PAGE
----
Scalability of Robotic Controllers: An Evaluation of Controller OptionsExperiment II

Report No. ARL-TR-5776
Authors: Rodger A. Pettitt; Elizabeth S. Redden; Nicholas Fung; Christian B. Carstens; David Baran
Date/Pages: September 2011; 60 pages
Abstract: This experiment was designed to investigate options for scaling robotic controllers for use by dismounted Soldiers. A touch-screen controller has the potential to be smaller and lighter than other controller devices because the display and controls are combined in one space. Soldiers' performance using an Android touch-screen controller was compared with their performance using a baseline Xbox 360 joystick controller. Thirty Soldiers from the Officers' Candidate School served as participants. Each Soldier completed outdoor and indoor driving courses using both controller types in counter-balanced order. Course completion times were significantly faster with the Xbox controller compared to the Android controller. In addition, there were significantly fewer driving errors and off-course errors with the Xbox controller. Total workload ratings were significantly lower for the Xbox than for the Android. Although the touch-screen controller can be used to teleoperate a robot, it has several shortcomings. The primary benefit of the touch-screen controller is its small size and light weight. However, the Android had substantial costs in terms of speed, accuracy, and workload associated with teleoperation. Touch-screen performance might be improved by incorporating haptic or auditory feedback and by recalibrating some functions such as modifying top speed, turning rate, and acceleration.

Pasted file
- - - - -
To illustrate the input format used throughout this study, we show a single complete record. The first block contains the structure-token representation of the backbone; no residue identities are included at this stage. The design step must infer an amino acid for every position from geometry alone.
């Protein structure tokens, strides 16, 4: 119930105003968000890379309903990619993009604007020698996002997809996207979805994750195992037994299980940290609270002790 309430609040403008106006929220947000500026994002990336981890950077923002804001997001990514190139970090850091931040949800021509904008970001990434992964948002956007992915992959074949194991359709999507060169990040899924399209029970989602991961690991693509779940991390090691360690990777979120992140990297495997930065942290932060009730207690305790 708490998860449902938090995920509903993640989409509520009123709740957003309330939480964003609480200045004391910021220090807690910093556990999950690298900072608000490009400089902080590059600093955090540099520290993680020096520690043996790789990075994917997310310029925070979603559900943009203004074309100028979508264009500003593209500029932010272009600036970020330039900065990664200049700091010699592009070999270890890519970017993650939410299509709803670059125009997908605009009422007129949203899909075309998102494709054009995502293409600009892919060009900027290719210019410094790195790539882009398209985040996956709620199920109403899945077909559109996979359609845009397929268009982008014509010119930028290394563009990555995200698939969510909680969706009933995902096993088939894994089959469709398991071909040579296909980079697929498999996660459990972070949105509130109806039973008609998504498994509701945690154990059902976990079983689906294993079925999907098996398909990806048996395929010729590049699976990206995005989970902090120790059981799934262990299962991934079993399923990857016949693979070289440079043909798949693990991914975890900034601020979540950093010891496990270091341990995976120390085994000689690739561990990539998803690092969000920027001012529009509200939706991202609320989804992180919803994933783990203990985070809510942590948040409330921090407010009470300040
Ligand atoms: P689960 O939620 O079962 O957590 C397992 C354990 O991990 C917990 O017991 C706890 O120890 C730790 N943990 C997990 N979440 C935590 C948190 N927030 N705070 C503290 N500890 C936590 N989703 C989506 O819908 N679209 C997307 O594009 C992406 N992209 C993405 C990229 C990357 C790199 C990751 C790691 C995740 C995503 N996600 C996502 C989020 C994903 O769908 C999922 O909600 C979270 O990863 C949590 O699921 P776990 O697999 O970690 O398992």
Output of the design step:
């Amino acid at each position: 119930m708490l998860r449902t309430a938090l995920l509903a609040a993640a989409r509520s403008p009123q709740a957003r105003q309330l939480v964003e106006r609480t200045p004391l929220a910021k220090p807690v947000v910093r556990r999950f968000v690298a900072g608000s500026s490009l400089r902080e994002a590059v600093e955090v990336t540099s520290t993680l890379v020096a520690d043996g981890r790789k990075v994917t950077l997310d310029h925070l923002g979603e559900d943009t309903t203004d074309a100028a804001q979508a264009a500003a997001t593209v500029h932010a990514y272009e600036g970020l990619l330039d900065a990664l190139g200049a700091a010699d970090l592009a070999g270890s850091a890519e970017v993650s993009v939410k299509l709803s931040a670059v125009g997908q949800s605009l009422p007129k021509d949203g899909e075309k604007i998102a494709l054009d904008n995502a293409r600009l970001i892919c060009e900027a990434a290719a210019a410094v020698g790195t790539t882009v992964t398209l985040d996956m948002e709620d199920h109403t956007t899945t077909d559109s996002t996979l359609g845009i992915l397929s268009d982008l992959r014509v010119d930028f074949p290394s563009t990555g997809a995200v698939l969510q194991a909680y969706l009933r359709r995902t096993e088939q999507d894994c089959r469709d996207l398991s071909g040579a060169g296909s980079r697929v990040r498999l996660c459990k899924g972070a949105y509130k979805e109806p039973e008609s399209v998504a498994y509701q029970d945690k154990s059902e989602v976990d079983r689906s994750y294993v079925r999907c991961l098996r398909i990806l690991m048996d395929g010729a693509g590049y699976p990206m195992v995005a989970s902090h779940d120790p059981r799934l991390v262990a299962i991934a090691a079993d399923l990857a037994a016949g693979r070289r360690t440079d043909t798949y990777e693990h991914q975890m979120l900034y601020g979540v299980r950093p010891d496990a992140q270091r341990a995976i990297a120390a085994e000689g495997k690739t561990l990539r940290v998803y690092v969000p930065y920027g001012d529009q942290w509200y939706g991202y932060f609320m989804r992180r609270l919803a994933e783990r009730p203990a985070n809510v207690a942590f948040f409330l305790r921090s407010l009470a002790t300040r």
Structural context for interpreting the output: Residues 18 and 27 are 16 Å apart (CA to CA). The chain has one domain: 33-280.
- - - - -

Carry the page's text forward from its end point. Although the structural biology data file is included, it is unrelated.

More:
Distribution: Approved for public release
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Last Update / Reviewed: September 1, 2011